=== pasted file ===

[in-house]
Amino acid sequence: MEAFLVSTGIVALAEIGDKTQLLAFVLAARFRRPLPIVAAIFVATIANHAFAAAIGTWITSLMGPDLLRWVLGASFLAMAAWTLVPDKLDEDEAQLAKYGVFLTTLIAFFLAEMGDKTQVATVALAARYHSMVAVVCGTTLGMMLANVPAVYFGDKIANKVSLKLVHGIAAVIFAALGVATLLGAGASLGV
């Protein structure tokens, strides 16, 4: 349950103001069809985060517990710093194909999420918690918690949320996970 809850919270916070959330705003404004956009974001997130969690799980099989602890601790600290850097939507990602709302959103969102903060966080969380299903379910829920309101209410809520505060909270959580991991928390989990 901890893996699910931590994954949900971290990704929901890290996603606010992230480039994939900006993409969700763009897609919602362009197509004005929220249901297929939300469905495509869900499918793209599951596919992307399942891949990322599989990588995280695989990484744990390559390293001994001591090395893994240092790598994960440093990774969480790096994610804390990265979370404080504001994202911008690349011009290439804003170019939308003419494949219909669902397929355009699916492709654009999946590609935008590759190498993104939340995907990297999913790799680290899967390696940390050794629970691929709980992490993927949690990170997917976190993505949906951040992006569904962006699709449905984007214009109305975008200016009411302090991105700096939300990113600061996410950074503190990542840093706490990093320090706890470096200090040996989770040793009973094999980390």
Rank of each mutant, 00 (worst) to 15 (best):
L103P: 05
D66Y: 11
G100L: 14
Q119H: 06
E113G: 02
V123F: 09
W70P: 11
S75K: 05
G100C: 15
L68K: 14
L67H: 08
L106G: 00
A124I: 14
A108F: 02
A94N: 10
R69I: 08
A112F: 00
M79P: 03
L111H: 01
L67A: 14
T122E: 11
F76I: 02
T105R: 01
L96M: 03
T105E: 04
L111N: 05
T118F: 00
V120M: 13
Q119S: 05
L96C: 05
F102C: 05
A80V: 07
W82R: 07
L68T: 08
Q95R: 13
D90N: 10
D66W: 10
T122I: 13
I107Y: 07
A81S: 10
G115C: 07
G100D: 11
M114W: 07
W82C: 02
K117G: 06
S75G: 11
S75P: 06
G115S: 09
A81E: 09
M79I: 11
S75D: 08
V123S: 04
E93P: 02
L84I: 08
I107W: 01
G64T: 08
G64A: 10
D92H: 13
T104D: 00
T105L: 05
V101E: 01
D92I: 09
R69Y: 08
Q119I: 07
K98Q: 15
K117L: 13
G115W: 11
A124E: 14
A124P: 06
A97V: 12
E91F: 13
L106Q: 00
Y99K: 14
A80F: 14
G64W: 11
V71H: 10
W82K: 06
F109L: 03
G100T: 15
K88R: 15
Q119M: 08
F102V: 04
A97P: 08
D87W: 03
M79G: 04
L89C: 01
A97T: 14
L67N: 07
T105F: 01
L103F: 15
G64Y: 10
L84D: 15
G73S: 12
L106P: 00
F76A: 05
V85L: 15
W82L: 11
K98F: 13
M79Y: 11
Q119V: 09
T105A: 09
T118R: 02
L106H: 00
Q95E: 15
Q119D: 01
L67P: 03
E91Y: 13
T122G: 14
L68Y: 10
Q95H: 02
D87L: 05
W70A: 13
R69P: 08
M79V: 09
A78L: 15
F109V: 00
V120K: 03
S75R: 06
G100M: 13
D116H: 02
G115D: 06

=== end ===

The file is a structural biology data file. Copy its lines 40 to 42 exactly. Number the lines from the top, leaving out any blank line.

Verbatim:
D90N: 10
D66W: 10
T122I: 13